Educators in almost any K-12 subject, she argues, can integrate cybersecurity questions into their subject matter. With these broad parameters of the field established in their minds, students would be better able to imagine themselves in a position in cybersecurity that suits their abilities, even if not highly technical.
Where to go for help
Educators looking to introduce cybersecurity to their students have various resources at hand.
NICE has put forth a comprehensive framework for cybersecurity work detailing seven broad categories for the field; we’ll revisit this framework in more detail in a post later this fall.
NICE supports the National Cybersecurity Career Awareness Week (NCCAW) campaign in November, which seeks to leverage local, regional, and national efforts to inspire, educate, and engage children through adults about cybersecurity career options.
Our own publication, the Start Engineering Cybersecurity Career Guide, showcases a full range of work opportunities in the field as well as detailed information about academic pathways available, including certificates, two-year, and four-year degree programs.
Of further interest to educators will be our upcoming Cybersecurity Career Guide Workbook, approximately 60 pages of exercises and lessons to help students get grounded in cybersecurity basics and identify an appropriate pathway into an areas of the field that could be right for their own work lives.
Given the workforce needs and complexity of the field, all these approaches to cybersecurity education will help fill out the ranks of professionals in the field.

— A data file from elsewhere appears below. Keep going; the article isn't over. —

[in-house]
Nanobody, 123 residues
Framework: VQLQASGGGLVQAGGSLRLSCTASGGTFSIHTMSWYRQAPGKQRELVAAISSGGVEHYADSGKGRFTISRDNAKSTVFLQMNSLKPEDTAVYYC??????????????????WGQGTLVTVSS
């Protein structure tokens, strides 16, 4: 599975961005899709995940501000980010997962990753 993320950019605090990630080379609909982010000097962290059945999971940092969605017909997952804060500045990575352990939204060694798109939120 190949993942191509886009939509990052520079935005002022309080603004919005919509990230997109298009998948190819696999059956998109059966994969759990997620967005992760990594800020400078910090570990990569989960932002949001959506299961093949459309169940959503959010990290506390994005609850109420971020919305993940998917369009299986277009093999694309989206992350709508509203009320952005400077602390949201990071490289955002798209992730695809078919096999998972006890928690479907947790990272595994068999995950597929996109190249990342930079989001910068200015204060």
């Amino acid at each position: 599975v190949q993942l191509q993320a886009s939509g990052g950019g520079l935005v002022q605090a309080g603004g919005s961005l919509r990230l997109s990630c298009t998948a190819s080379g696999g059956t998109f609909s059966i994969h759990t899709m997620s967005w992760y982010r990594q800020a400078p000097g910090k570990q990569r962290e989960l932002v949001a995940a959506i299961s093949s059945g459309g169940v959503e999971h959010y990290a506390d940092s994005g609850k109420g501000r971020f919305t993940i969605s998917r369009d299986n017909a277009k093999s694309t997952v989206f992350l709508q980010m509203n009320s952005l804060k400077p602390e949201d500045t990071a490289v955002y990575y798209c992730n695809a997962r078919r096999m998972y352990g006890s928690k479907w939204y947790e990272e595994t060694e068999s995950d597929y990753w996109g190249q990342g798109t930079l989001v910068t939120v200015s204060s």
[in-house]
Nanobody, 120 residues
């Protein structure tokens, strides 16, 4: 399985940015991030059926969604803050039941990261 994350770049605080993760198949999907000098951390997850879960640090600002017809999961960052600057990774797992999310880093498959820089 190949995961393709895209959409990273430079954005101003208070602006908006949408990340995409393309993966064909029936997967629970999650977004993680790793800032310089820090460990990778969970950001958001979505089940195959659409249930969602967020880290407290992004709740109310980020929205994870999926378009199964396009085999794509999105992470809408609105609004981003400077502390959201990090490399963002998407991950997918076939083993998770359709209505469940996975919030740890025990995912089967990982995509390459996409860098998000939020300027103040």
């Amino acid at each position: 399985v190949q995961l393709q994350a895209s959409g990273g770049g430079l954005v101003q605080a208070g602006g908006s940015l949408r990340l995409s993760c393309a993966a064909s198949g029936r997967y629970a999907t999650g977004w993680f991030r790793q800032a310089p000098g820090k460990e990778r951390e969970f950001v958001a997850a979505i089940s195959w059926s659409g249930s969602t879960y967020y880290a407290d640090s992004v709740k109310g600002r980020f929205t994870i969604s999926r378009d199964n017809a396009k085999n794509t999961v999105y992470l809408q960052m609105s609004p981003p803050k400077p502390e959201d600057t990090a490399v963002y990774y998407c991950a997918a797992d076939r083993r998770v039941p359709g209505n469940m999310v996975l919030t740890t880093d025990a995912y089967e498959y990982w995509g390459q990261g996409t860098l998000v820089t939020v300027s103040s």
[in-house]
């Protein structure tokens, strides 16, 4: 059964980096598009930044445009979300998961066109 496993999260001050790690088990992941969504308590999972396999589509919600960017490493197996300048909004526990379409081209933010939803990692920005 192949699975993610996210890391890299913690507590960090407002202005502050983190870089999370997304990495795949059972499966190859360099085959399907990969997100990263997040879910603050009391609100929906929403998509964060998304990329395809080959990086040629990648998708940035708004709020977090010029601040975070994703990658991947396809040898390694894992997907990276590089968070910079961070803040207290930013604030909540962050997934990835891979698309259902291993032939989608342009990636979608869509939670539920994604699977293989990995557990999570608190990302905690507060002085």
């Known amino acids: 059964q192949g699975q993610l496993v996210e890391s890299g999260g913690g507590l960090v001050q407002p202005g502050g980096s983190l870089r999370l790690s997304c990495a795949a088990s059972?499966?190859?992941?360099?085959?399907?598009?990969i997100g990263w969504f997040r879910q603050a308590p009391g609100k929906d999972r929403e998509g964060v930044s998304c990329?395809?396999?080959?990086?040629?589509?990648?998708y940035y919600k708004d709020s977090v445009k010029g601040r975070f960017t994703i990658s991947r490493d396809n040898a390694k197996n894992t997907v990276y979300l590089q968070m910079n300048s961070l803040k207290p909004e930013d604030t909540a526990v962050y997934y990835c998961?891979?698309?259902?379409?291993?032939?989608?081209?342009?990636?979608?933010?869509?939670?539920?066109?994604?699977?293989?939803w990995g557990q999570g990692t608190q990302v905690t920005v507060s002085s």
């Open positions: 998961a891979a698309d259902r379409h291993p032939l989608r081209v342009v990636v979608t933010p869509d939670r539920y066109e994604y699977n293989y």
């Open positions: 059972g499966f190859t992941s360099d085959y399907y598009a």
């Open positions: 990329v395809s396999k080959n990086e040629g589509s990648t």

What experiences have you had with trying to make cybersecurity accessible or relevant to students? Do you know of any education programs that have succeeded at this task? Please let us know! And as always, please share with any interested friends or colleagues.
Eric Iversen is VP for Learning and Communications at Start Engineering. He has written and spoken widely on engineering education in the K-12 arena. You can write to him about this topic, especially when he gets stuff wrong, at email@example.com.
You can also follow along on Twitter @StartEnginNow.
Brand new for 2018! Our new Cybersecurity Career Guide shows middle and high schoolers what cybersecurity is all about and how they can find the career in the field that’s right for them. A great pair with the recently updated version of our Start Engineering Career Guide.